(RxWiki News) Autism runs in families. This understanding has been known in the medical field for some time. But the chances of an autism diagnosis among siblings are much higher than doctors previously estimated.
Younger siblings of a child with autism have a nearly one in five chance of being diagnosed with the disorder themselves, and the risk is significantly higher for boys.
"Siblings of autistic children should be closely monitored for symptoms."
Researchers at the University of California Davis Medical Center's MIND Institute found that 18.7 percent of children who had a sibling with autism also received an autism diagnosis by their third birthday. For children with more than one autistic sibling, the odds were even higher (32 percent). Male siblings of autistic children had a 26 percent occurrence of developing autism themselves.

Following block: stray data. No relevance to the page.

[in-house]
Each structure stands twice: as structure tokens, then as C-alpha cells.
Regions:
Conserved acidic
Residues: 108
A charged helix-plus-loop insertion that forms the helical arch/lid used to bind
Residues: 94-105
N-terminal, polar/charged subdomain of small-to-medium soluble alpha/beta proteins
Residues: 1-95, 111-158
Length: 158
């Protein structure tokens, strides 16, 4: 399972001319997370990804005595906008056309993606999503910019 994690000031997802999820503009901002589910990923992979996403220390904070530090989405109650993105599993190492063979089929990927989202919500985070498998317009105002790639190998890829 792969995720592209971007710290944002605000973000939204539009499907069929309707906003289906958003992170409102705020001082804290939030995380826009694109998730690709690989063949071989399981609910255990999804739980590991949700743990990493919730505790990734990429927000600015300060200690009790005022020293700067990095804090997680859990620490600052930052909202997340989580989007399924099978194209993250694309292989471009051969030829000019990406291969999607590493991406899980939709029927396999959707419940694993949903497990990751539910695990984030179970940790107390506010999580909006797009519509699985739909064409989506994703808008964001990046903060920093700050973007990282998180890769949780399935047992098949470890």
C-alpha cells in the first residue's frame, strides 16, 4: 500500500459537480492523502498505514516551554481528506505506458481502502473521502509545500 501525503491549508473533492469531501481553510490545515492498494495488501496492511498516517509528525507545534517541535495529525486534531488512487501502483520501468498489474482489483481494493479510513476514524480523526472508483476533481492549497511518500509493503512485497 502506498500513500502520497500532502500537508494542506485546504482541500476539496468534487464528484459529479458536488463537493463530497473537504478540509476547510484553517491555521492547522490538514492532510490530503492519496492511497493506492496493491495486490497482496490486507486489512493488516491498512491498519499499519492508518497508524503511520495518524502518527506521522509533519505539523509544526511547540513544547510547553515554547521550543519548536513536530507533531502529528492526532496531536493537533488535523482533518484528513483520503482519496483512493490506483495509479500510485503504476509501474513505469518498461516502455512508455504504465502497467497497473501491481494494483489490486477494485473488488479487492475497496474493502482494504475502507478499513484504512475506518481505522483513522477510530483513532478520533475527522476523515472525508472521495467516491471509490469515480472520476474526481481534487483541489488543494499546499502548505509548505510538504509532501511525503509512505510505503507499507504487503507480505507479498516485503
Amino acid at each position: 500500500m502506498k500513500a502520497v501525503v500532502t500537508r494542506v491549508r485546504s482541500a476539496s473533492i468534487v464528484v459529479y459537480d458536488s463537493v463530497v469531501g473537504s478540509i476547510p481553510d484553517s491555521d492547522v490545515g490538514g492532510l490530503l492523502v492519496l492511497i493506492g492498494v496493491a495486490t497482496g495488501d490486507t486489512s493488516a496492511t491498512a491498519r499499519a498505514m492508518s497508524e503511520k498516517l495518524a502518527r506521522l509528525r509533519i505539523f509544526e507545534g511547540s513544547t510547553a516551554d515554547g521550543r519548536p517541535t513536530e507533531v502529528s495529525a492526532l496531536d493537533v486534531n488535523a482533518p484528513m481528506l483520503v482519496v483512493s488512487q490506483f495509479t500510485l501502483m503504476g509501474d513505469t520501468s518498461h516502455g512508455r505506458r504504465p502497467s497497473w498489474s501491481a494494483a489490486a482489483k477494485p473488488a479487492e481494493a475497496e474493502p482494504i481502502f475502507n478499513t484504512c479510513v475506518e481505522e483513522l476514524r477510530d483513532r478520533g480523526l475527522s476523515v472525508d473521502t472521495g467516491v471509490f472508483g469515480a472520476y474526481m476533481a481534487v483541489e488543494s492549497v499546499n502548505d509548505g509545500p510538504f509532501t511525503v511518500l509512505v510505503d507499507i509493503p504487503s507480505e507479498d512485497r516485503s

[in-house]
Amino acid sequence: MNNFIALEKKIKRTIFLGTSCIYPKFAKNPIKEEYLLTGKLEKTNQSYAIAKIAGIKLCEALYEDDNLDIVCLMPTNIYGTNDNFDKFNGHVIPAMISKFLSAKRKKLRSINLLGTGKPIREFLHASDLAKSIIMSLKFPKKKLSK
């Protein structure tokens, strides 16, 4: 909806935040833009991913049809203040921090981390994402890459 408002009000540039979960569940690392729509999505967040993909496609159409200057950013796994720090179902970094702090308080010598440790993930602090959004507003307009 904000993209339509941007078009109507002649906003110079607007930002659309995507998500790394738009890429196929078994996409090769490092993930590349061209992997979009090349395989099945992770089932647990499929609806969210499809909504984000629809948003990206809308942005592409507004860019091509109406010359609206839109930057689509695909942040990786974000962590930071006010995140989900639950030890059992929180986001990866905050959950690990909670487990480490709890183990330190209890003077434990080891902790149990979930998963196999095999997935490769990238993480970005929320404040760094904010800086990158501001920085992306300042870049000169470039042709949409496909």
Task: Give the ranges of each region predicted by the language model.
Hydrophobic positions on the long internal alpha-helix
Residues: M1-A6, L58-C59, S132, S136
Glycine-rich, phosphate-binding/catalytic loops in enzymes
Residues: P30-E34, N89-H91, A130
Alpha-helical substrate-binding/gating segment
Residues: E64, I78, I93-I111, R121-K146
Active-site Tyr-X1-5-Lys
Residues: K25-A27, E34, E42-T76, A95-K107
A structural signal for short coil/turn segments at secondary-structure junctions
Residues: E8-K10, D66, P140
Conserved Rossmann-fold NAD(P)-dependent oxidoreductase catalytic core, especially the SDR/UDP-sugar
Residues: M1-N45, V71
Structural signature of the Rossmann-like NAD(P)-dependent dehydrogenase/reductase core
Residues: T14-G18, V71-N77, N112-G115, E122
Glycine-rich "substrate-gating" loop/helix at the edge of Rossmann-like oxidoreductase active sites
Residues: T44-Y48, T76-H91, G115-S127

Sally Ozonoff, lead author, and her team followed 664 children between infancy and 36 months of age, at which time they were tested for autism. At that age, 132 of these children with an autistic sibling met the criteria for autism spectrum disorder, which affects the ability to think, communicate, learn and interact socially.
This is the largest investigation of autism spectrum disorder and sibling recurrence to date. Previously, the risk of siblings developing autism was estimated at between three and 10 percent.
"Parents often ask what their risk of having another child with ASD is and, until now, we were really not sure of the answer," Ozonoff said. She added that the surprisingly high risk rate illustrates the important need to closely monitor siblings so that early intervention can ensure the best possible outcomes for those children.
Results will be published in the September issue of the journal Pediatrics.
Photo: UC Davis MIND Institute researcher Sally Ozonoff with infant Cooper Stuart and his mother, Laurisa Stuart, during an evaluation for autism.